SALE! - 1958 Gibson Les Paul GA-40 Combo Two-Tone Tremolo Tweed
As the days are getting shorter and the nights are getting colder, we feel that it is time to cheer you up with our BIAJ Autumn Sale 2023 !! 🐝 🐝 🐝
Anyone who owns a vintage Les Paul MUST own this amp! Late 1950's Gibson amplifiers have flown under the vintage player's radar for some time but that's all changing lately...
History of the Gibson Les Paul Model GA-40 amplifier:
In the early days of the electric guitar, manufacturers who made both guitars and amps very often attempted to sell them as matched sets—and players very often bought them that way, until they figured out there was nothing wrong with mixing and matching to suit your varying tastes in each. Throughout the mid to late1950s, Gibson’s flagship solidbody electric, the Les Paul, was partnered with an amp that has become a classic in its own right: the GA-40 Les Paul Amp. While, of course, this combo hasn’t attained values anywhere near those of the guitar it was designed to sell with, this sleeper of a tone machine has recently become far more appreciated by players and collectors alike, and recognized for the unique and inspiring piece of amp design that it is.
Surprisingly, the GA-40 wasn’t Gibson’s most powerful amp of the time, contrary to the kind of firepower that you might think the powerful Les Paul Standard demanded. But remember, the Les Paul wasn’t designed to be the blues-rock and heavy-rock monster that it would prove itself to be in the mid ’60s and beyond. It was originally designed as a solidbody alternative for jazz and pop players, guitarists much like its namesake, and for this market, Gibson deemed a pair of lower-powered 6V6 output tubes and a conservative 14 to 16-watt rating absolutely adequate. Don’t believe for one second, however, that this diminutive rating means a GA-40 can’t roar when you want it to: these are real fire breathers, truly scorching when you crank them up, and a lot louder, too, than that output rating might imply.
GA-40s with two-tone covering made between '56 and ’59 are generally the most desirable, because they also house the preferred circuit and tube configuration for this model. Part of what’s so groovy about this amp is that it is nothing like any of the Fender designs from the same era that have become such classics. The Gibson brand has been relegated to the darker corners of amp collecting, but throughout the ’50s and early ’60s the company really was trying to cut its own path, offering bold designs and impressive workmanship, and unwilling to follow the lead of any other maker, no matter how popular those “youngsters’” amps might be proving! As such, the GA-40’s circuit is very different from any of the classic tube-amp templates that are more familiar today in so many repro, reissue, and boutique amplifiers.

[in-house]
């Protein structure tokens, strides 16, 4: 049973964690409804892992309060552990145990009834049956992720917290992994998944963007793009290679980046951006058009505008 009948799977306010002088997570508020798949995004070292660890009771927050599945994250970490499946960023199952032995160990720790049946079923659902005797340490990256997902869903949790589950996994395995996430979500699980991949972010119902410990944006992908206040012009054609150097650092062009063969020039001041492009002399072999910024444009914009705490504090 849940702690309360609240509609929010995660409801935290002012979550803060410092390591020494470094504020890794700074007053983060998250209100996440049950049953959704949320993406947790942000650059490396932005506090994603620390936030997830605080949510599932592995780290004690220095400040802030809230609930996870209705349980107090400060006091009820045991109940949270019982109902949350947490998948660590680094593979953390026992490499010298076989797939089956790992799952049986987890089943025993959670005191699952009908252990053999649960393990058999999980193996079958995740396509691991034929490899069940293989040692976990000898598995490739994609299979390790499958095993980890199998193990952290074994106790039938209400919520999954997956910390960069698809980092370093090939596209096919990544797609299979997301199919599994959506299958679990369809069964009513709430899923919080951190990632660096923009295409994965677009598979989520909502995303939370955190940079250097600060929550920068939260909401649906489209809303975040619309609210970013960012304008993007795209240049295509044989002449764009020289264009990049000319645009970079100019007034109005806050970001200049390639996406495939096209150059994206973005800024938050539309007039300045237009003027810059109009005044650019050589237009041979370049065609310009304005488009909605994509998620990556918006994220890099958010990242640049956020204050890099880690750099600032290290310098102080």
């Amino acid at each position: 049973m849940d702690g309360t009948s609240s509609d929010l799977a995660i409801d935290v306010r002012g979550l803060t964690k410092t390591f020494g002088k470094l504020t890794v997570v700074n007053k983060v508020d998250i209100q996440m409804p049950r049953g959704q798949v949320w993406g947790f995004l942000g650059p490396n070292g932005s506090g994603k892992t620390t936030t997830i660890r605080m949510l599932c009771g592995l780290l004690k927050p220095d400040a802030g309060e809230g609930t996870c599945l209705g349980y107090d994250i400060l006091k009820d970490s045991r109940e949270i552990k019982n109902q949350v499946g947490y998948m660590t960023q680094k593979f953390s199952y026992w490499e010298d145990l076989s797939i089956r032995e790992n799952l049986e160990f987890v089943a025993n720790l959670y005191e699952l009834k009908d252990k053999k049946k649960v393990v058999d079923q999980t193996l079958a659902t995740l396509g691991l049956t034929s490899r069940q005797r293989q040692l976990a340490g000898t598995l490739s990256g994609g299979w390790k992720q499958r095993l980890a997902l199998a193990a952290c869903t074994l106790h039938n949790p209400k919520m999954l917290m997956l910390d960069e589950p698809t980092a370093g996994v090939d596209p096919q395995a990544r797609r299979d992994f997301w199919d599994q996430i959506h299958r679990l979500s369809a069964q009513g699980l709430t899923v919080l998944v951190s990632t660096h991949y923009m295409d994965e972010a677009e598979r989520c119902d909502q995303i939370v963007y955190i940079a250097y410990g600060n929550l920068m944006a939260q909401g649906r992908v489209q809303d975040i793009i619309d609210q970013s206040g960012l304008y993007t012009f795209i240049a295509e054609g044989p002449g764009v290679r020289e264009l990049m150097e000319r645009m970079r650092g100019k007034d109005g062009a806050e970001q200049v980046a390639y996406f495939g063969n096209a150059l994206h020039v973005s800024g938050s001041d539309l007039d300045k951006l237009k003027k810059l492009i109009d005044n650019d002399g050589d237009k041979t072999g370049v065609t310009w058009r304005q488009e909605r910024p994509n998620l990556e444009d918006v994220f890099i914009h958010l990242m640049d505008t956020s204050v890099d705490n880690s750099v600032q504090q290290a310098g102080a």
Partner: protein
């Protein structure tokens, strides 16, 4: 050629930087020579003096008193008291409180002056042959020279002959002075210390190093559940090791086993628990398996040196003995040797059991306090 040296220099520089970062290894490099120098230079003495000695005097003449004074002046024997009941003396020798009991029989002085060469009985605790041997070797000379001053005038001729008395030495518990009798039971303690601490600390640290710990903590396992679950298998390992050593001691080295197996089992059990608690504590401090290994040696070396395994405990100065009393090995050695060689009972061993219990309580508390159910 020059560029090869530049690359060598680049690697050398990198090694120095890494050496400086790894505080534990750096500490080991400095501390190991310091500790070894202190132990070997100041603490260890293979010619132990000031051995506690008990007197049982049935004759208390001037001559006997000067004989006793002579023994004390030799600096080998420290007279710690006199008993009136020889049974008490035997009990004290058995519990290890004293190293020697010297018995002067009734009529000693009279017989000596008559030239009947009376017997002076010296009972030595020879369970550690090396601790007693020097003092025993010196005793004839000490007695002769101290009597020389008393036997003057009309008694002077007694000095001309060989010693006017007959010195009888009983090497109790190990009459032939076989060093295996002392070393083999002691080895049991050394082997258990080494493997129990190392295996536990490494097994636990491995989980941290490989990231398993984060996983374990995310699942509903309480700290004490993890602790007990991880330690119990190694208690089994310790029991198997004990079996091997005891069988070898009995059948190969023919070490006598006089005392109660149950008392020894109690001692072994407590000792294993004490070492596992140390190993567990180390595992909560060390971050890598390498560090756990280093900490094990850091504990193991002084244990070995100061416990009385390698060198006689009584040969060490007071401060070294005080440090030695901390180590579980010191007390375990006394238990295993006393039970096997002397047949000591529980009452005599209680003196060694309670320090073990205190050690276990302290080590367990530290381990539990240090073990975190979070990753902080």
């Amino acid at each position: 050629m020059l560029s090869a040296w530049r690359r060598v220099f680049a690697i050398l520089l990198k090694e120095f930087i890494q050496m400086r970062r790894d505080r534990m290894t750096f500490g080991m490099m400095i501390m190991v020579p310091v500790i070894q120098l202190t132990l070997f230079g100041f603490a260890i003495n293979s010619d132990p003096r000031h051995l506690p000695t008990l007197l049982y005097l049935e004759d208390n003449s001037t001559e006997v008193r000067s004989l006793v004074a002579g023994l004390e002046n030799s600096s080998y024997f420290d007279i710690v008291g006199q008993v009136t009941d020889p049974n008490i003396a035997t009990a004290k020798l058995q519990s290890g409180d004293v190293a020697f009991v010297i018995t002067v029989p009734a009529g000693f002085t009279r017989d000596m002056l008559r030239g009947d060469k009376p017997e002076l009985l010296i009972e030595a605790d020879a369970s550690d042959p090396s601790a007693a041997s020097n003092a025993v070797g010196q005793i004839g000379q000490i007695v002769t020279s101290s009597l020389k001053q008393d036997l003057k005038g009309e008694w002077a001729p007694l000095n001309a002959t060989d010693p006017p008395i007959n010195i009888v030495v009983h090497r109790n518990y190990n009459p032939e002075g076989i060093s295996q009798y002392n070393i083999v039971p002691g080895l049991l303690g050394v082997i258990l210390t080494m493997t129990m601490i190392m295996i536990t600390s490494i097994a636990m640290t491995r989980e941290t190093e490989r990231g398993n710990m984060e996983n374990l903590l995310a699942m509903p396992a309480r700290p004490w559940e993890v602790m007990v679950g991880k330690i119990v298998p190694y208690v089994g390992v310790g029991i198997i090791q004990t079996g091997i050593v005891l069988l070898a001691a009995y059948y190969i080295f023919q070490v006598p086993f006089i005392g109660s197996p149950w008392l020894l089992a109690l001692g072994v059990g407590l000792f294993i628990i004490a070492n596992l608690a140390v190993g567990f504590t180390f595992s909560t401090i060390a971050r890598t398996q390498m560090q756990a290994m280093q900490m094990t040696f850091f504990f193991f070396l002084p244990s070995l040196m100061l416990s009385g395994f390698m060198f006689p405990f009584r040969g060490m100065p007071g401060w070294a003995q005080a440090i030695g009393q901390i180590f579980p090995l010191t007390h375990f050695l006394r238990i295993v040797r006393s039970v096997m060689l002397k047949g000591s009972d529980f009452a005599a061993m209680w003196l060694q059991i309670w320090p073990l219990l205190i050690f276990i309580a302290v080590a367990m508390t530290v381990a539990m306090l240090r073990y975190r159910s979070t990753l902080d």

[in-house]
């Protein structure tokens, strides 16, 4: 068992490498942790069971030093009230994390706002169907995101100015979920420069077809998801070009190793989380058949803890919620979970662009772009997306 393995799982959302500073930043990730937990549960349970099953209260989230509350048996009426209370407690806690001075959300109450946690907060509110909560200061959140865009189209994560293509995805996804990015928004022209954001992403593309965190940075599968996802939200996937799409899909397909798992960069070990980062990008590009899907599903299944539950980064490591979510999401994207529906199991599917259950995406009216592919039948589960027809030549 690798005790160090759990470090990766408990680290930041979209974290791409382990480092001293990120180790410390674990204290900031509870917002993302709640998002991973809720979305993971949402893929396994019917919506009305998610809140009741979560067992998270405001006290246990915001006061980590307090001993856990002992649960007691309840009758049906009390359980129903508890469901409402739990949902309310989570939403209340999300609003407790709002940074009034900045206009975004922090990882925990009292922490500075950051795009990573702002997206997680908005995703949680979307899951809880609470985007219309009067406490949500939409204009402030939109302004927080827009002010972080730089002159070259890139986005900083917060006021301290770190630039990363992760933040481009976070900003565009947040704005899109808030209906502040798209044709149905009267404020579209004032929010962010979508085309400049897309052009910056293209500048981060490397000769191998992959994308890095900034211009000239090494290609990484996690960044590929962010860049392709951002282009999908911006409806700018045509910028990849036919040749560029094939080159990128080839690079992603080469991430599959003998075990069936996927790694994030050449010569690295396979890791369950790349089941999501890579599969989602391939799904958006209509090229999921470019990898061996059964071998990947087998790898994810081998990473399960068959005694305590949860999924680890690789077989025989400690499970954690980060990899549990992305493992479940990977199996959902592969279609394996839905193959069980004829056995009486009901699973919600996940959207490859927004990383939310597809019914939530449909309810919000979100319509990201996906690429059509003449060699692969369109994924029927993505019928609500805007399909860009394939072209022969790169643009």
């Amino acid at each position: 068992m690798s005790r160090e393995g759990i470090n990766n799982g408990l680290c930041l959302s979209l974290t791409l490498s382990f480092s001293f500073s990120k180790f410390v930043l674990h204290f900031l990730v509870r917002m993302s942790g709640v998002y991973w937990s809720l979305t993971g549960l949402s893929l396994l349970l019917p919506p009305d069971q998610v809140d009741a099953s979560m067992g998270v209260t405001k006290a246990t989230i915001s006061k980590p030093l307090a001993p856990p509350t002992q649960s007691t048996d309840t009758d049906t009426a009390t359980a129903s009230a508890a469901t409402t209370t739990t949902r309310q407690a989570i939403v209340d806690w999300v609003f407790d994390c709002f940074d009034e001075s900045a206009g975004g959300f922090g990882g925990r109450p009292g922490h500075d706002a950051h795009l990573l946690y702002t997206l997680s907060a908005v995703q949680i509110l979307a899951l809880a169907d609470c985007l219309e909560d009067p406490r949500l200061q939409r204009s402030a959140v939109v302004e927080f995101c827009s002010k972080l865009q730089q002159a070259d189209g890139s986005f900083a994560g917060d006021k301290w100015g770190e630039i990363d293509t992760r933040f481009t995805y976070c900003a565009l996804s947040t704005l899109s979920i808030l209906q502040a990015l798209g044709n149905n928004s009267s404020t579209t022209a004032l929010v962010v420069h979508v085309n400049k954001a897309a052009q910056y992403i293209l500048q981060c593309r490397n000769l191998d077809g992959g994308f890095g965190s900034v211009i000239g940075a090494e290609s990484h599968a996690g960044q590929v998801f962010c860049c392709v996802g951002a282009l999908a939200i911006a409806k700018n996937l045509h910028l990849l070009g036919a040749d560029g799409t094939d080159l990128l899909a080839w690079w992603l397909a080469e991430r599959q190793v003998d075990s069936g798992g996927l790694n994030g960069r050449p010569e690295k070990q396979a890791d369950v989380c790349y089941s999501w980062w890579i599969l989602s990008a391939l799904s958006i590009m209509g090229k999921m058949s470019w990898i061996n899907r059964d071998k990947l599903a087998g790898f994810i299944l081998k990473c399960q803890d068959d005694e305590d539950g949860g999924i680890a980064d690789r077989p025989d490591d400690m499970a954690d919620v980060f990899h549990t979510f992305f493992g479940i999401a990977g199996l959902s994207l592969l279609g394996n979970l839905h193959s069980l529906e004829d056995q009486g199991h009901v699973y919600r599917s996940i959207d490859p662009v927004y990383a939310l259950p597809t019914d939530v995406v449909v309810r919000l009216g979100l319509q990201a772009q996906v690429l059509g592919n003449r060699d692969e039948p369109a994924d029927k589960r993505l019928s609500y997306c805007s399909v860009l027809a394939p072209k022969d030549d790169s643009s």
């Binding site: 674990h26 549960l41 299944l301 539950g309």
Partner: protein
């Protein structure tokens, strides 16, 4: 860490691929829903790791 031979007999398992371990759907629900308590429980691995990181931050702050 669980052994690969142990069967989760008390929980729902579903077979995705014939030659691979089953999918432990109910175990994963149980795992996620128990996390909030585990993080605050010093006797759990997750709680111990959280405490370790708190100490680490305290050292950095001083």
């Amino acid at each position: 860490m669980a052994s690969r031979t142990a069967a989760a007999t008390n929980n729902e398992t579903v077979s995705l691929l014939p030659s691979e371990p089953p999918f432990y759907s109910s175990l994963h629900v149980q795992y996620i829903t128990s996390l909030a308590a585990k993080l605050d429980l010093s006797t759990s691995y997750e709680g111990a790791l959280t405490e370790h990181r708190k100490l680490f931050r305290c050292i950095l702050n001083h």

The GA-40 has an all-tube circuit, 2 channels, 4 inputs, 40 Watts. Tremelo with frequency and depth controls, classic chicken-head knobs. Voicing knob serves as tone control. Similar to a tweed Fender of the same era, this amp puts out a variety of tone depending on the volume setting. At only 2.5 does it begin to clip giving a sweet old blues tone reminiscent of B.B. King. At 2 or less, it retains a full warm, soulful tone great for comping jazz and blues or R&B. At 3 it immediately begins to saturate the signal, providing sustain and violin-like tonality. When driven further, it gets a nasty funkiness with an attitude like that of an old Buddy Guy recording. Pushing further only supplies added volume and returning to 3 settles you back into a nice tube amp distortion that responds to every touch. The tremelo is unlike a Fender, more Leslie-like and less-vibrato-ish. More movement is present in the design and organ licks and sustained notes move all around you. This amp responds like crazy to semi-hollow bodies as well as A Tele, Strat or Paul.
It has the original rare and super cool butterfly knobs, an oval "Les Paul" badge on the front bottom of the cabinet, the hyper rare wooden footswich (as these were almost always nicked to sell seperately), a replacemend 1961 Jensen P12RJ C6958 12inch 220123 (week 23, 1961), GA-10P Power Transformer 166839 (week 39, 1958) 110V, GA-40-02 Output Transformer 166839 (week 39, 1958), E-3021S Choke 166848 (week 48, 1958), On the top of the control panel on the left next to the power switch there is a (disconnected) jack input, previously used for an external cabinet. Most tubes are NOS or old 50's 60's and they are still in good nick!